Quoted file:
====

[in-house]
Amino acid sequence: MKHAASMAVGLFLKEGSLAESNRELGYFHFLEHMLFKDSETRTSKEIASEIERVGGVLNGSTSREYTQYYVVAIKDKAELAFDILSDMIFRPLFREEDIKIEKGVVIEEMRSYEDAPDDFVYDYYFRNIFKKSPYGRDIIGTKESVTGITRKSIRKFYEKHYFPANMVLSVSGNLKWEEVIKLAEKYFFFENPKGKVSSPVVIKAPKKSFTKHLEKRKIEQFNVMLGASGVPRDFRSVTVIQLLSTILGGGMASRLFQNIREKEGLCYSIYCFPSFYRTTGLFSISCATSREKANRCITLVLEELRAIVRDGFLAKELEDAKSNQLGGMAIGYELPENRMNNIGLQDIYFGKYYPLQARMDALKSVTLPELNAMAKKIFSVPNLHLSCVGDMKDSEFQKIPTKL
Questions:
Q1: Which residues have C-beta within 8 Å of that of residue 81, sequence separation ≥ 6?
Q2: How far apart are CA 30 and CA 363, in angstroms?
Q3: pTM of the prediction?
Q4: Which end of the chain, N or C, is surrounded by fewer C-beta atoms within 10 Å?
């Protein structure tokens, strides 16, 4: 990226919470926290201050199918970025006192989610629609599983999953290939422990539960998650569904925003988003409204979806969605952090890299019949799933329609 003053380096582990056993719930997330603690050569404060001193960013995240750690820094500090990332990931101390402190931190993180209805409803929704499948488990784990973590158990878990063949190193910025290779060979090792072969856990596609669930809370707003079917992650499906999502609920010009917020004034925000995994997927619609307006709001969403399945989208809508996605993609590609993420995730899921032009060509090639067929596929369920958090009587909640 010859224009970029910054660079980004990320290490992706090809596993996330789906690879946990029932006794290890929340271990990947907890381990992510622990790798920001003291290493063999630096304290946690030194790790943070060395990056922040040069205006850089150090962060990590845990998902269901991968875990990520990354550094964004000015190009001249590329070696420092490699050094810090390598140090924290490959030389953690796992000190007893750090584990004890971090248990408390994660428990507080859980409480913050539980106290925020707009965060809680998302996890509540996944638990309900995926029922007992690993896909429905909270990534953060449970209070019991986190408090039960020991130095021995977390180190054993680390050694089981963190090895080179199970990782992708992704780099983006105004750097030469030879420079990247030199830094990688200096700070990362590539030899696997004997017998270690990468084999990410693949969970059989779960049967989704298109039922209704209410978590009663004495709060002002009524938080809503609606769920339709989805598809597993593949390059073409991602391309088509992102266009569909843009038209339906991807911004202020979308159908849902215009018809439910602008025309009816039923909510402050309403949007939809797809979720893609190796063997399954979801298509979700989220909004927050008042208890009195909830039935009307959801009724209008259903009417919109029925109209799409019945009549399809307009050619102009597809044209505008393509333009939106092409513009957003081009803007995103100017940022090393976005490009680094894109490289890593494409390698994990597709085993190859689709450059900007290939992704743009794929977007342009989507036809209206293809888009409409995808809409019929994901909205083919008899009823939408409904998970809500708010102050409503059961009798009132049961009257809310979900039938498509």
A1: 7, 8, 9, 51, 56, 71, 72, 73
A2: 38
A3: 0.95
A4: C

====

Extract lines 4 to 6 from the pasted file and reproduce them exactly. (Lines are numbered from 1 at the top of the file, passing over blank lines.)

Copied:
Q1: Which residues have C-beta within 8 Å of that of residue 81, sequence separation ≥ 6?
Q2: How far apart are CA 30 and CA 363, in angstroms?
Q3: pTM of the prediction?